I showed you how to make a desktop shortcut to run a command and a reader had a question about shortcuts:
“When making shortcuts, how do you know what to call it that the computer understands? I have no idea what the command to “check disk” is for, but if I did know, and wanted a shortcut for it, I wouldn’t have known to spell it “chkdsk.“
You can name a shortcut anything you want. Your PC doesn’t really pay any attention to the name. Your computer will recognize a shortcut using the code it creates when you create the shortcut. The label you give it is really just for your benefit. As you can see here, I named my shortcut Run check disk.
I could just as easily have named it Fred. In fact, I can right-click on a shortcut and choose rename.
Then I’ll get a box where I can type the new name.
Now the shortcut is called Fred.
I wouldn’t suggest calling a shortcut Fred because you’ll want some information about what the shortcut does. So you’ll want to stick with something that makes it pretty clear what the shortcut is for.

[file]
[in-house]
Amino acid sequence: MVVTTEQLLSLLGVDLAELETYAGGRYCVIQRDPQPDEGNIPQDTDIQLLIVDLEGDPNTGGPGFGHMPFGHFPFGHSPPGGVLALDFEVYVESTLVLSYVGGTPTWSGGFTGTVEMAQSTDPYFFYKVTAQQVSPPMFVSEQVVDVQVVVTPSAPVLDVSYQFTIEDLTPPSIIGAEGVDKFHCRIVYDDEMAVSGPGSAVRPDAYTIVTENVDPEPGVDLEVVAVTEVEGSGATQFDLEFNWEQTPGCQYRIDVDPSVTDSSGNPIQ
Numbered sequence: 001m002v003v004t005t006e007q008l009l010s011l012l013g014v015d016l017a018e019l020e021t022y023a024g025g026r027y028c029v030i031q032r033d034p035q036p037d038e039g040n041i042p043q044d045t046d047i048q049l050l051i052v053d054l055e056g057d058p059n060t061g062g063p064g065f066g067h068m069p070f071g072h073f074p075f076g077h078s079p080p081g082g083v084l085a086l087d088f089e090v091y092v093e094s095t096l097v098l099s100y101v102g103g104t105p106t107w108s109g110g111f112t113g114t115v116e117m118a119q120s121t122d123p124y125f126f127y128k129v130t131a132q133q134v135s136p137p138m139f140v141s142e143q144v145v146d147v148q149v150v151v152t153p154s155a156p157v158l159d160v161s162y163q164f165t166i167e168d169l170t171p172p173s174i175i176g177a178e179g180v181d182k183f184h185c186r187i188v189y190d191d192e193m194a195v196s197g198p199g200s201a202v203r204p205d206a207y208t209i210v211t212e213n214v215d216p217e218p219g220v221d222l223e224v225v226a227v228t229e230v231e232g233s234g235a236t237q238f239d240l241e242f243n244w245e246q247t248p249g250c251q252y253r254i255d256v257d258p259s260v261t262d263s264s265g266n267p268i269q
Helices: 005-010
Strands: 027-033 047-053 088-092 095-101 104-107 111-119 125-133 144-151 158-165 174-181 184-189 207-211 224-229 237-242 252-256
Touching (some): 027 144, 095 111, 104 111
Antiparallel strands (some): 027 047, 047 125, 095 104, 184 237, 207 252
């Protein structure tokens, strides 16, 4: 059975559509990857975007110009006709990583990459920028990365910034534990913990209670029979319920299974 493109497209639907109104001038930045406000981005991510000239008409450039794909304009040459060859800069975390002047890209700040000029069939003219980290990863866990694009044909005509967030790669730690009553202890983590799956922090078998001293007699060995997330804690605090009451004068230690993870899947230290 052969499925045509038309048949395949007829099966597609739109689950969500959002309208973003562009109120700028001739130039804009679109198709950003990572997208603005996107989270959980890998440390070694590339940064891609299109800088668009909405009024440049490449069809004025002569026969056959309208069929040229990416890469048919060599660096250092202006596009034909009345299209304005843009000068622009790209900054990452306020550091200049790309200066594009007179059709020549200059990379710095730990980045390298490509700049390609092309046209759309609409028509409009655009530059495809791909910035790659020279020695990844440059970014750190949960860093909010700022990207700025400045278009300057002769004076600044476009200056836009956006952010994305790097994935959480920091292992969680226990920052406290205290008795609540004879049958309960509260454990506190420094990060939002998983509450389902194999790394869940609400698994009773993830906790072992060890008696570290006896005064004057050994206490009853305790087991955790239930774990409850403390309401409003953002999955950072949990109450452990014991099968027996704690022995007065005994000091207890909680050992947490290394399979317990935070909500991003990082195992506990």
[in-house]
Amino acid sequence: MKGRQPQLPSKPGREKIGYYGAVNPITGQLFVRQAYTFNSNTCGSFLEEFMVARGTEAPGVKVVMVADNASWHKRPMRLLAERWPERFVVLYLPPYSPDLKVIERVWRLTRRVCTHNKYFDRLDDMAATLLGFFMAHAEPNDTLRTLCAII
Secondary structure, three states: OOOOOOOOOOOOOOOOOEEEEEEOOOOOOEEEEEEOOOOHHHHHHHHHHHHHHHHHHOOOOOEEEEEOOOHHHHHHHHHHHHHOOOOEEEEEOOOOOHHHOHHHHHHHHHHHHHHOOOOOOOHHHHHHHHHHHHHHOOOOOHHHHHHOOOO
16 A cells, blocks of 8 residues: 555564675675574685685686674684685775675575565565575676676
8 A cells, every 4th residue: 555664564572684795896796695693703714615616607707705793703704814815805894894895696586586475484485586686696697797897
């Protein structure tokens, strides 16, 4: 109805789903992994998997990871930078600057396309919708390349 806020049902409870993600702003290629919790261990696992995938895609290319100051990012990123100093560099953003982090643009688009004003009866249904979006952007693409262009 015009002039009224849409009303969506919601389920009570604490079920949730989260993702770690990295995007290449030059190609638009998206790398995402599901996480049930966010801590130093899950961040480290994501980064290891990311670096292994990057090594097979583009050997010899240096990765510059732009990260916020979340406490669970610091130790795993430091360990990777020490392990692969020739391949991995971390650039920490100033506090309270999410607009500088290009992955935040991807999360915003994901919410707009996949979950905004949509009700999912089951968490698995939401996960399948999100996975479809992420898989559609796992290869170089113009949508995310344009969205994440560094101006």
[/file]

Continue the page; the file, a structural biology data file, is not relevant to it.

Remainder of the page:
You can also rename shortcuts for existing programs if that makes it easier for you or someone else to use. Say you have a relative who gets a little confused about getting online and he uses Mozilla Firefox as a browser. Normally, you’d say to click the Firefox icon to go online.
You could right-click on the shortcut and choose Rename from the drop-down menu.
Name it something simpler like Click to go online.
Since the original article the reader referred to was about creating a shortcut for a command, I want to emphasize that calling a shortcut whatever you want refers only to naming she shortcut, not to creating a command itself.
If you’re using the command prompt in the window shown below, every character must be exactly right and that includes spaces.